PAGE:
[Marxism] Gerhard Hanloser Critique of Moishe Postone on Antisemitism

Angelus Novus fuerdenkommunismus at yahoo.com
Mon Jul 18 12:10:51 MDT 2011

A recent heated debate with a friend of mine about the recent social movements in Greece prompted me to translate this article.  I argued that the attacks upon financial institutions and "foreign powers" do not constitute Antisemitism, as Antisemitism necessarily entails some targeting of Jews.  Furthermore, unlike Antisemitism, the Greek protestors are not delusional: part of the current misery in Greece is **indeed** the result of international financial institutions and foreign powers (namely Brussels and Berlin).

Anyway, I think this is a valuable corrective to the hasty accusation of Antisemitism whenever the role of international finance is brought up:


ATTAC, the Critique of Globalization, and “Structural Antisemitism”

By Gerhard Hanloser

(Translator’s note: this article originally appeared in German in the Spring 2005 issue of the journal Grundrisse.)

At the end of the 1990s, there emerged a new movement that aimed its crosshairs at “capitalist globalization” and sought out and blockaded the meeting places of the world’s powerful (G7, World Economic Forum, WTO, etc.). This movement was colorful, diverse, and difficult to tie down to a political program. From Christian associations to ecologists to traditional Communist parties to militant anarchist groups, the most diverse opponents of capitalist globalization came together. The group ATTAC, founded in France, was the most organized and high-profile formation and attempted to give the movement a program: contemporary capitalism was understood as the unleashed dictatorship of the financial markets, which had to be tamed by means of taxes upon financial transactions. In the German-speaking countries, this critique of finance capital was swiftly attested a proximity to Antisemitism by critics from the “value-critique” spectrum (for example, the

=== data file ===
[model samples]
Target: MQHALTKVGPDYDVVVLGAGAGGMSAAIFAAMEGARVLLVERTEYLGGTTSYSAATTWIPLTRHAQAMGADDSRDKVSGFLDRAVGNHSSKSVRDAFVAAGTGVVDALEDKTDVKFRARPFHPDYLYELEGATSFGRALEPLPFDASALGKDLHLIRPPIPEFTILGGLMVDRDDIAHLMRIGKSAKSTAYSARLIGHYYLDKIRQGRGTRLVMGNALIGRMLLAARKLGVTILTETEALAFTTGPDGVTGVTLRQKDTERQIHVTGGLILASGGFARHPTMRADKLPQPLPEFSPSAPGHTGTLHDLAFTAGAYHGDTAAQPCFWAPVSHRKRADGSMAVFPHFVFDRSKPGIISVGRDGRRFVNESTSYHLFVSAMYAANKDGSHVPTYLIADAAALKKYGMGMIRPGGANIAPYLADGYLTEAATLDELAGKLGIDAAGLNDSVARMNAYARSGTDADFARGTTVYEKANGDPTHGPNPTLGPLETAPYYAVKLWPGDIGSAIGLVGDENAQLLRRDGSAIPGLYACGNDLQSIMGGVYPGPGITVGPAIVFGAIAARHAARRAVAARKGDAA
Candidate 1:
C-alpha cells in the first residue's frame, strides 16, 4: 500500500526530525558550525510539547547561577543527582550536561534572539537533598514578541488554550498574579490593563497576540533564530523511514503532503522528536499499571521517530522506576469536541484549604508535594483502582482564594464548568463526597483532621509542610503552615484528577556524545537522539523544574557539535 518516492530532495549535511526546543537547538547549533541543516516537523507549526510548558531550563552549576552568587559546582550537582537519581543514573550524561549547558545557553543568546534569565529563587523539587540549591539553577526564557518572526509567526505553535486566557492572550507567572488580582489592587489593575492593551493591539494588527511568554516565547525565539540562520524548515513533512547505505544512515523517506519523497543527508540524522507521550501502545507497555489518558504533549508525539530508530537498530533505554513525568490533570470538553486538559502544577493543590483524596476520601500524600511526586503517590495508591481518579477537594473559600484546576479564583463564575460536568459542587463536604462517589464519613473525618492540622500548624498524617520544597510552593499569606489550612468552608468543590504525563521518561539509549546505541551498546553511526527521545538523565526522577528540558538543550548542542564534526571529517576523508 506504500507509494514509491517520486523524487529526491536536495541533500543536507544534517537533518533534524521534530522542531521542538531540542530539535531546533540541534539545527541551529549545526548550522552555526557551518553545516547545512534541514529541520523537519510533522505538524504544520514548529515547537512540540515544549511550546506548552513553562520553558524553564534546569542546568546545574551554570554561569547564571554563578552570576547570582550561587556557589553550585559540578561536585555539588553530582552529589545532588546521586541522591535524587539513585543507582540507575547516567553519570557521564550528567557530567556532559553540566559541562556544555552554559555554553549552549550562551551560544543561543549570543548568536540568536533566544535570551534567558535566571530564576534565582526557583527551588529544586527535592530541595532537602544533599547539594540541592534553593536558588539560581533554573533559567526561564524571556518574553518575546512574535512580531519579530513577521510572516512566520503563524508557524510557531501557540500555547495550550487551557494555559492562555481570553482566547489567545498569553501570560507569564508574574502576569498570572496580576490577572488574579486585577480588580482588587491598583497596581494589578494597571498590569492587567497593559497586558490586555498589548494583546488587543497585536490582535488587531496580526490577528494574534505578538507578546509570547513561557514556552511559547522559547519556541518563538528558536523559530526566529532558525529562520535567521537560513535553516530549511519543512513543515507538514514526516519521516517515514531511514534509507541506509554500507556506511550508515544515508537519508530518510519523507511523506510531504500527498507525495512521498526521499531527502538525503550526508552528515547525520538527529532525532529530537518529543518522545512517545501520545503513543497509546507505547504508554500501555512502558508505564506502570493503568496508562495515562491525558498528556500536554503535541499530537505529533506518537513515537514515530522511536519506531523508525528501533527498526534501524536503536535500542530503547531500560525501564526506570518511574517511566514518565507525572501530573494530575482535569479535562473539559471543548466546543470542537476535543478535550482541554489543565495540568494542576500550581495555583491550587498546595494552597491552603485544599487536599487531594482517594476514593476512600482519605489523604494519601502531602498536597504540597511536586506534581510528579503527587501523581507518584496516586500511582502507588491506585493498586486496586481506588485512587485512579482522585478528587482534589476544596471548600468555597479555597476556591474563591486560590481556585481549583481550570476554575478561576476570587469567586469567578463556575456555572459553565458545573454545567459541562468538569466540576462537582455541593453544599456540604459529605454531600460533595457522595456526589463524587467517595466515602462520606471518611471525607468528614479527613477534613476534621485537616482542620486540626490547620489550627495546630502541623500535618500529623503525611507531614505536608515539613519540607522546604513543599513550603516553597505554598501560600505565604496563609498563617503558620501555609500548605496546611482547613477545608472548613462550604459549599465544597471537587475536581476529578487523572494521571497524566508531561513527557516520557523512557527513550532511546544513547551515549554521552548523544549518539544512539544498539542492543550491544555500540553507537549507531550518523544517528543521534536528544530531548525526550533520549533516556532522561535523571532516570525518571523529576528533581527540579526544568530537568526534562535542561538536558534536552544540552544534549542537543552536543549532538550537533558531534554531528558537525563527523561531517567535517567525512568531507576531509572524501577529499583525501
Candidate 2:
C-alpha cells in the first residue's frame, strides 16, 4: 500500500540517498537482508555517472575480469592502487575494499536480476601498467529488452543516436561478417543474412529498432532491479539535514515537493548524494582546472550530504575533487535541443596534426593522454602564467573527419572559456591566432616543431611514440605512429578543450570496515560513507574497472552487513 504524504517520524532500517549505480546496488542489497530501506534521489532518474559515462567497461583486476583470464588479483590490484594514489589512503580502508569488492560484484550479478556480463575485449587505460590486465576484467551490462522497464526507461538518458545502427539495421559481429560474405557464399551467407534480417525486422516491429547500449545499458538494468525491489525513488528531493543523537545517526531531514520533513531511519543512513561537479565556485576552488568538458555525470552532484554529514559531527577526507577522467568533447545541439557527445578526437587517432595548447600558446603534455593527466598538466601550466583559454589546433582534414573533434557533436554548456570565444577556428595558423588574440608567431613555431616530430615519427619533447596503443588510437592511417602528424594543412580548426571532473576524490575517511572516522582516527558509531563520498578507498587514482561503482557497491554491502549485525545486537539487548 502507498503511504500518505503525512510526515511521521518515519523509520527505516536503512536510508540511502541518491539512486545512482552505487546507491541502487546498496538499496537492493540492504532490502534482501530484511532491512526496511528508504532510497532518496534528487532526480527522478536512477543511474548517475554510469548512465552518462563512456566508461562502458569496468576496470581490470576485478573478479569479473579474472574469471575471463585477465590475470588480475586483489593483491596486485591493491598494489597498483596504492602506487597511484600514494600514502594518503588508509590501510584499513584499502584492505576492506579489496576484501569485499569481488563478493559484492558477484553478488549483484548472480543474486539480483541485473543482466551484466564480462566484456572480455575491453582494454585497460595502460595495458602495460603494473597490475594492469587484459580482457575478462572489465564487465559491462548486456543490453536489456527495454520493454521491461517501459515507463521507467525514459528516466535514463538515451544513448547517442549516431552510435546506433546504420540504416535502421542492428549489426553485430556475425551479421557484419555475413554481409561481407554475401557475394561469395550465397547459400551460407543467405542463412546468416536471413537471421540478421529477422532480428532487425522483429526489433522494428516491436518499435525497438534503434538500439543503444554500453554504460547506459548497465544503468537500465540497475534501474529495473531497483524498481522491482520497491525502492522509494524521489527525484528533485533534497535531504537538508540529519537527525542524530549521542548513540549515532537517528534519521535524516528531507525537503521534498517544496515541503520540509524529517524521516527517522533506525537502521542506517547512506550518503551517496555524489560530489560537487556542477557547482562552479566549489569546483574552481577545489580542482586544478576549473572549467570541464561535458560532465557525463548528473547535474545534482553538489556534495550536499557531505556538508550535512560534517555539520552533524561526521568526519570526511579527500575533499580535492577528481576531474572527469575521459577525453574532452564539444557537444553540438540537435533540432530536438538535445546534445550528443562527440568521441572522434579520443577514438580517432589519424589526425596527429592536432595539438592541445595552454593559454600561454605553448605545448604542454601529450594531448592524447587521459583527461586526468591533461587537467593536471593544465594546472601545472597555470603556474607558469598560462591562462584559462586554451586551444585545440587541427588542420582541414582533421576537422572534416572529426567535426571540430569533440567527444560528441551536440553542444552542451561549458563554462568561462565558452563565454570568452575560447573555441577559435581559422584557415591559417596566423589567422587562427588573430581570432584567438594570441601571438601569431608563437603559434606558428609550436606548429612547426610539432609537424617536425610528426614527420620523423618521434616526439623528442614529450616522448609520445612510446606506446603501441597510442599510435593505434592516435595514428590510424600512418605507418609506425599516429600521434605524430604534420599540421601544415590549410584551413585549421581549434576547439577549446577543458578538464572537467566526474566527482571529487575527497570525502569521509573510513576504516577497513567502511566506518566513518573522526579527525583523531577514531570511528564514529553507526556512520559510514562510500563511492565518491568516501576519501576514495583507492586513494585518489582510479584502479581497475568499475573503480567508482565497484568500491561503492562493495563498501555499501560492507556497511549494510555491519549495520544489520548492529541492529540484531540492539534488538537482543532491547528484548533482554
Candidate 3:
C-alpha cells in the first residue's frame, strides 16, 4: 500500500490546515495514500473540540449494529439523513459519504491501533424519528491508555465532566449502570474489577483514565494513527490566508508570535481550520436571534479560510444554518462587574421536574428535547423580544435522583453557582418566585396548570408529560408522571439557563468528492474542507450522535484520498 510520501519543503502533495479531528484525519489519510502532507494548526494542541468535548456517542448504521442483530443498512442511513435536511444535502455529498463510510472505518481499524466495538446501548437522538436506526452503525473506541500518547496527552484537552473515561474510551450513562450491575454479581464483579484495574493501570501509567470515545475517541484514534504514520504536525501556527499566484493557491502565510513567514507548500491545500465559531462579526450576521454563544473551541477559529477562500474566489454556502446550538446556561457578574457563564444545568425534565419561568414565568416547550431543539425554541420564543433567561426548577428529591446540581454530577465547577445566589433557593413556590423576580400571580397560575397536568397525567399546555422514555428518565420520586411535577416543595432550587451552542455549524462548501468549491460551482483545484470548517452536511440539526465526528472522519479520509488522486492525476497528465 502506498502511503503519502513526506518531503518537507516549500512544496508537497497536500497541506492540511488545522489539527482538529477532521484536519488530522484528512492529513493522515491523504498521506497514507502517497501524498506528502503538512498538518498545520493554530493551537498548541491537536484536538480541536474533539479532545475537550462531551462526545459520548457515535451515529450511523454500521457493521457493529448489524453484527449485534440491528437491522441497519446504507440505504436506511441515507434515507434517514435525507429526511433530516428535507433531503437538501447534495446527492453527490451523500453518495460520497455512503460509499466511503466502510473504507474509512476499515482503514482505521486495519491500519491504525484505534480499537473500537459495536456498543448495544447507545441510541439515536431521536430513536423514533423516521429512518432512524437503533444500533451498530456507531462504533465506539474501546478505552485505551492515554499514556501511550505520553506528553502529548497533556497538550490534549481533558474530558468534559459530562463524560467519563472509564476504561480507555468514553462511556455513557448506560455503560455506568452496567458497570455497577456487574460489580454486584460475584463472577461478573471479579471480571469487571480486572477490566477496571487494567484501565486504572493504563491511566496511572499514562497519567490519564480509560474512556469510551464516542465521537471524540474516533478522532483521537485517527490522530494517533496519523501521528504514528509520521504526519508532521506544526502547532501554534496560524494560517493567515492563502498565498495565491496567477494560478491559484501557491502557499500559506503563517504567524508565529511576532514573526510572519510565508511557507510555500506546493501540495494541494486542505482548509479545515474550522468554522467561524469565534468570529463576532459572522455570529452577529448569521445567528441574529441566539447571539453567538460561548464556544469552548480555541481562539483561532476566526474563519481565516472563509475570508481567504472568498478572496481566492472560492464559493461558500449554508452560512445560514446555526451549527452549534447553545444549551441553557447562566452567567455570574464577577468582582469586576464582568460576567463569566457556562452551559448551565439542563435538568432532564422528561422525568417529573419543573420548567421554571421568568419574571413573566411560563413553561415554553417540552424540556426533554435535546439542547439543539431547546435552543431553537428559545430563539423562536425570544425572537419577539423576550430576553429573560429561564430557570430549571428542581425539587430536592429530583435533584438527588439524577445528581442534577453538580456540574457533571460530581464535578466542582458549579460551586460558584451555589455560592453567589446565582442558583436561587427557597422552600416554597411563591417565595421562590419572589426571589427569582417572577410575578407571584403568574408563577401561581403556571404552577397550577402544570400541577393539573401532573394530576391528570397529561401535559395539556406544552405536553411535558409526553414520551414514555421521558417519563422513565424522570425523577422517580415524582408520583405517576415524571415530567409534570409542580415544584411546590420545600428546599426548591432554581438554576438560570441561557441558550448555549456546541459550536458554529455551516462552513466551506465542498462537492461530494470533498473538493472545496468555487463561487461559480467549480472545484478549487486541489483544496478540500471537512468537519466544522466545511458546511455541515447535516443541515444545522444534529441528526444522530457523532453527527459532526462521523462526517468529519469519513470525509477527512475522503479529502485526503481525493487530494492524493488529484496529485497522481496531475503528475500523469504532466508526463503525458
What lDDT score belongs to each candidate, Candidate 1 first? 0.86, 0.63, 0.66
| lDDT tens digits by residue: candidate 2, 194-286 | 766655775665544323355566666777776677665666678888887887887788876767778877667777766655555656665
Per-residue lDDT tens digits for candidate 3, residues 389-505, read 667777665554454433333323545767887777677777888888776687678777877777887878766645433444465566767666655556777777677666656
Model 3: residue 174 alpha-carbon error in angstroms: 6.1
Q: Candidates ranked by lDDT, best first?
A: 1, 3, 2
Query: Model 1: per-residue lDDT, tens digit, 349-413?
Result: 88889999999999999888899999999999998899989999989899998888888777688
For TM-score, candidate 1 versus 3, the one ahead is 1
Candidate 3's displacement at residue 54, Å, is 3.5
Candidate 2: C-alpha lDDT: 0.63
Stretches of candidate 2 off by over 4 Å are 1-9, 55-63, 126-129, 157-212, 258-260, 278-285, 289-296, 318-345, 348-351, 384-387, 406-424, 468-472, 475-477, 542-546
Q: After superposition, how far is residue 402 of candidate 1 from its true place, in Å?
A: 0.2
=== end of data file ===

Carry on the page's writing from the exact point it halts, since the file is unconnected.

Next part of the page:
journal Krisis), from the rather broad and influential media spectrum of the “Anti-Germans”, and by Neo-liberals. The Nazis, so the allegation went, also raised the program of breaking the rule of “interest slavery”, and Antisemitism supposedly expressed a “truncated anti-capitalism” focused upon finance capital, money, and the “intangible”. Every critique of financial capital thus amounted to a “Structural Antisemitism”, and there was supposedly a “structural similarity between truncated critiques of capitalism and Antisemitism.” (Schmidinger, 2001)

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